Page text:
2. Use an overall activity level at set-up to include only what reflects your baseline level without any planned exercise – what you do every single day of your life. This is sedentary for most of us. Then log daily exercise that is above and beyond what is already included in your activity level.

This simple distinction is extremely important since we want to be as accurate as possible in estimating total calories expended. There is already a "human bias" to overestimate calories burned so use the more conservative estimate for your activity level.

Which Activity Level is Right for You?

MyNetDiary uses the DRI equations from the Institute of Medicine. The DRIs have activity levels with specific definitions. "Sedentary" is not sitting or lying down all day – it includes activities of daily living such as incidental walking up to about a mile (about 2000 steps), bathing, cooking, sitting, standing, lying down, sleeping, etc. If you use this activity level, then you do not need to log those activities. If you are unsure of how much walking you do, simply wear a pedometer. If you log an average of 2000 steps or less, then welcome to "sedentary" activity level. Many of us who have been tracking on MyNetDiary use "sedentary" as our activity level and then log only planned exercise.

If you do not plan to log exercise at all or if you suspect logging long duration of exercise overestimates your calories burned, then consider using an activity level that includes typical exercise. Just remember to use an activity level that is true for your average daily activity over the course of a typical week – not an activity level that reflects your most active day of the week. Here are some examples of higher activity levels:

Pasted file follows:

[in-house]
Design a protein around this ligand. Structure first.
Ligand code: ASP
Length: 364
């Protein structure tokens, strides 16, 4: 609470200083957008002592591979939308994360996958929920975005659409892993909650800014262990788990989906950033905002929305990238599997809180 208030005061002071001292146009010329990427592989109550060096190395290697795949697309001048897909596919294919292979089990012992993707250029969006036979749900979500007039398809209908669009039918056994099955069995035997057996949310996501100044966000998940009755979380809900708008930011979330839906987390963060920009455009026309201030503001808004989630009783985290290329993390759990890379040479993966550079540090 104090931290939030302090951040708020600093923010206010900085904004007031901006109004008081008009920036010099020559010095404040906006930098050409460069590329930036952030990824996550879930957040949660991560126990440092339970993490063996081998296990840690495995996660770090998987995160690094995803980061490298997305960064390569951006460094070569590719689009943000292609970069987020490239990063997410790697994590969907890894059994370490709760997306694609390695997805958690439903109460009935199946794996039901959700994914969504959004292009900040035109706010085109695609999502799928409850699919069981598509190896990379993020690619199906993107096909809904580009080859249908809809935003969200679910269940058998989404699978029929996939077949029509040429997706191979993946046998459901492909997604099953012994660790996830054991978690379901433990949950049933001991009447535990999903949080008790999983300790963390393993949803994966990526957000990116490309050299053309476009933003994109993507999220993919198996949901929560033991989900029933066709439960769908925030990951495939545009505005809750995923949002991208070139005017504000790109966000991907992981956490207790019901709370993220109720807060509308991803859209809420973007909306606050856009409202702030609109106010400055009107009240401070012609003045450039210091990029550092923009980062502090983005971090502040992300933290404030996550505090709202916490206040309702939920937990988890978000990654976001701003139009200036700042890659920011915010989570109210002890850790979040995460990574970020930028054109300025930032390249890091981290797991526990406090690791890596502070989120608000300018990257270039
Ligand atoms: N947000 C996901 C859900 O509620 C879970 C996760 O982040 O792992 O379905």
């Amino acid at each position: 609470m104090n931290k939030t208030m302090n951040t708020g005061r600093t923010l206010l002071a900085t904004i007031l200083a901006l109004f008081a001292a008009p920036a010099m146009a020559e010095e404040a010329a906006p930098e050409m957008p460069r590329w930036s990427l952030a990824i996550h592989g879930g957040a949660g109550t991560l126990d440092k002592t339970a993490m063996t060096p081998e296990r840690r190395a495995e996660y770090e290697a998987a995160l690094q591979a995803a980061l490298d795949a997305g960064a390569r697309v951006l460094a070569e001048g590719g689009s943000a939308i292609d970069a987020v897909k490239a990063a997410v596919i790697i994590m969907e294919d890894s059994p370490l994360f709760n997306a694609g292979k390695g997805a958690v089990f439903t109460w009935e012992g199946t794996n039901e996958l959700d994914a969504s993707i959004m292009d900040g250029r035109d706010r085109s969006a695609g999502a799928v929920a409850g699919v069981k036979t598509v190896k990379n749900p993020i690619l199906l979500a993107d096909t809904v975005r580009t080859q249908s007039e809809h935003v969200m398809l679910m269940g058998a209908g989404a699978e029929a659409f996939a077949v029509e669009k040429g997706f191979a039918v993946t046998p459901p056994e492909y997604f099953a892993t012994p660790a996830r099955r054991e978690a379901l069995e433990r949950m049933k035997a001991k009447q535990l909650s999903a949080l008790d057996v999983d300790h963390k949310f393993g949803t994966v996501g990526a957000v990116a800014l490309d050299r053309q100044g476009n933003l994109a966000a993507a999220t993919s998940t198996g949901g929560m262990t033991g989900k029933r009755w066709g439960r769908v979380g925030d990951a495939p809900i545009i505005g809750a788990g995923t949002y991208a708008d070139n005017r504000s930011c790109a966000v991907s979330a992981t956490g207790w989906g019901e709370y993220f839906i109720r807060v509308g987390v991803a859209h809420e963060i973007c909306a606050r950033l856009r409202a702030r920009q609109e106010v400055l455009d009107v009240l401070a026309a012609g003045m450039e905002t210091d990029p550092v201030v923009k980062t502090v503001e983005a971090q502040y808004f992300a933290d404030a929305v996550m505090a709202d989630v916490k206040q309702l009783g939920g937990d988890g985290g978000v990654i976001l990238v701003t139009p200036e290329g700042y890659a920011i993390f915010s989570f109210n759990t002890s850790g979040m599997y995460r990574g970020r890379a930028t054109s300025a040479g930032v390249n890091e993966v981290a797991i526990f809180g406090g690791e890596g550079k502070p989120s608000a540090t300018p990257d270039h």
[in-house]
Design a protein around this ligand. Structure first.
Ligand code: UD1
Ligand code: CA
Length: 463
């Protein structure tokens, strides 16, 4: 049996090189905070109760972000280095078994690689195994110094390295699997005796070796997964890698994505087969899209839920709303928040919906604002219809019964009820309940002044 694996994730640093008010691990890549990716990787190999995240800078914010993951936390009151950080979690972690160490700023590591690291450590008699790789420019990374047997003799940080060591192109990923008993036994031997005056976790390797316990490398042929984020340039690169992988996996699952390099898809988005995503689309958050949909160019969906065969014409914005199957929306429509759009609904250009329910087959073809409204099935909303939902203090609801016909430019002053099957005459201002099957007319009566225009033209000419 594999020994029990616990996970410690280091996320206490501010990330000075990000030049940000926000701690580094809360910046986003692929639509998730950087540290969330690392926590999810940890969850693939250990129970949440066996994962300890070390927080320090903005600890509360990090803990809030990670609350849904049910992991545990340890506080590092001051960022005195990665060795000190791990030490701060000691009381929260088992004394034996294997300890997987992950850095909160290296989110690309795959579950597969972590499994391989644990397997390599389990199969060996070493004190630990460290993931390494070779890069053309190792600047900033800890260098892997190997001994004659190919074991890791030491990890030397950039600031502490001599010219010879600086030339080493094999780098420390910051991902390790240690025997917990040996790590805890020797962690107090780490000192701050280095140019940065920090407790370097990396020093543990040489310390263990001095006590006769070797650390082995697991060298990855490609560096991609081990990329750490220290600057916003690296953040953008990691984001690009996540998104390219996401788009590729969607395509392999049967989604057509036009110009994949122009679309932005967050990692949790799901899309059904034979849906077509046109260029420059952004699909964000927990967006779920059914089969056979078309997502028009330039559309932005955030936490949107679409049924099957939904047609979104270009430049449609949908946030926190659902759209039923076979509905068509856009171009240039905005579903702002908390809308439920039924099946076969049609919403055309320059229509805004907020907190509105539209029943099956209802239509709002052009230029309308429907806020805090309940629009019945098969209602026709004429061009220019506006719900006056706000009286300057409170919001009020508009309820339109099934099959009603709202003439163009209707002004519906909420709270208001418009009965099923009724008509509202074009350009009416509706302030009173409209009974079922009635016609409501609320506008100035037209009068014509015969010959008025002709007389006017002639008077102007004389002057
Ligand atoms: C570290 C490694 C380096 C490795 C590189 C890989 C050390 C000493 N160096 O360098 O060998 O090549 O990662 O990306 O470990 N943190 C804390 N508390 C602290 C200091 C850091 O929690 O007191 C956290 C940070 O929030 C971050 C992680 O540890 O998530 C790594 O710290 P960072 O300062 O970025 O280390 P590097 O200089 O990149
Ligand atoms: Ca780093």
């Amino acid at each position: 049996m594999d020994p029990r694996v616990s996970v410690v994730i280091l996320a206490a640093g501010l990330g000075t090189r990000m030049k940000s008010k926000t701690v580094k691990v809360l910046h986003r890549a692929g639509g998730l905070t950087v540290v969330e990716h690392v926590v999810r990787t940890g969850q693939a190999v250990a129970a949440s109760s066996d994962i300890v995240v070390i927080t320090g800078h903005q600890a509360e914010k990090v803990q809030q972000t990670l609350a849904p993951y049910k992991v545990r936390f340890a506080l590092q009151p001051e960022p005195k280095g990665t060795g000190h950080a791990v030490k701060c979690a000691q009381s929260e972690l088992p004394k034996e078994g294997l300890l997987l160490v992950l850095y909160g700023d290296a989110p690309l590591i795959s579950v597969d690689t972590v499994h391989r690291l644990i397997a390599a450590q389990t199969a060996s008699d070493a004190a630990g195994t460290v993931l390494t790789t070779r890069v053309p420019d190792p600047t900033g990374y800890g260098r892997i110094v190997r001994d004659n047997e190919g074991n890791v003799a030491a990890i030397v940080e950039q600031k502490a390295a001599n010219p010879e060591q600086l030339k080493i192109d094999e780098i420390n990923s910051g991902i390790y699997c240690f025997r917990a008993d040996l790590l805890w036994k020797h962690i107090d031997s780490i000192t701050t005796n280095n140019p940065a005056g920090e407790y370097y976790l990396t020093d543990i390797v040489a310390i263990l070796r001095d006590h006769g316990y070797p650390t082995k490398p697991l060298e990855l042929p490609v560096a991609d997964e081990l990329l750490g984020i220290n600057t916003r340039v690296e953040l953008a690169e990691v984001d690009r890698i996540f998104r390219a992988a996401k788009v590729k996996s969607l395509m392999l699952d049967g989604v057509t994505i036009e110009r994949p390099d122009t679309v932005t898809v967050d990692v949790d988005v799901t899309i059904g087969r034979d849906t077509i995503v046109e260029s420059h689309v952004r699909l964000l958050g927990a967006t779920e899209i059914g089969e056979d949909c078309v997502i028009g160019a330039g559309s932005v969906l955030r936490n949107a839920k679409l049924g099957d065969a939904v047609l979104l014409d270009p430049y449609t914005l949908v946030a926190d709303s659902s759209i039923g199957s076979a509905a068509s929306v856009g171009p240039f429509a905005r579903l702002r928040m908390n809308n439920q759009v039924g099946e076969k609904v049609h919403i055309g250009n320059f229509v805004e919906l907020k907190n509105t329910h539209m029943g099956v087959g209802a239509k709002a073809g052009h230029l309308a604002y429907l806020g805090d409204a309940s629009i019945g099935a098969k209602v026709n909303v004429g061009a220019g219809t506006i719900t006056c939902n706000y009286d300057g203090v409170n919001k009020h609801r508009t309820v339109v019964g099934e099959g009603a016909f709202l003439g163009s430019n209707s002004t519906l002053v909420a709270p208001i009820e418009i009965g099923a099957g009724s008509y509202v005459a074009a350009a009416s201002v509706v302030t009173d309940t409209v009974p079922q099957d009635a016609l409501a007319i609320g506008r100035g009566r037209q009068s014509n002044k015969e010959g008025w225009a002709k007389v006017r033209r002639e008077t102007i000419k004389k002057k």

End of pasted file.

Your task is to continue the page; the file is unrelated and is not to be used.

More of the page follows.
Low-active level is about 11-12% higher in calories than sedentary and includes 30-60 minutes of daily moderate exercise. This is also equivalent to walking about 2 miles or 4000 steps every day.

Active level is about 25-27% higher in calories than sedentary and includes 1 – 2 hours of daily moderate exercise. This is equivalent to walking about 7 miles or 14,000 steps every day.

Very active level is about 45-48% higher in calories than sedentary and includes well over 2 hours of daily moderate exercise (or an hour of vigorous exercise AND an hour of moderate exercise). This is equivalent to walking nearly 17 miles or 34,000 steps every day.

What is the Exercise Plan?

If you want MyNetDiary to adjust your target calories upwards to account for expected average daily calories burned (which is helpful to avoid the problem of under-eating calories), then enter an Exercise Plan. You will still have to log actual exercise performed to get the true net calories for the day as well as an estimate of calories remaining. Do NOT log an Exercise Plan if you have chosen to use Approach # 1 - that is, if you are accounting for exercise in your overall activity level.

Good luck and enjoy using MyNetDiary and MyNetDiary Diabetes Tracker! Exercise->Tracking Tracking & MyNetDiary->Tracking Exercise Tracking & MyNetDiary->Tracking Tips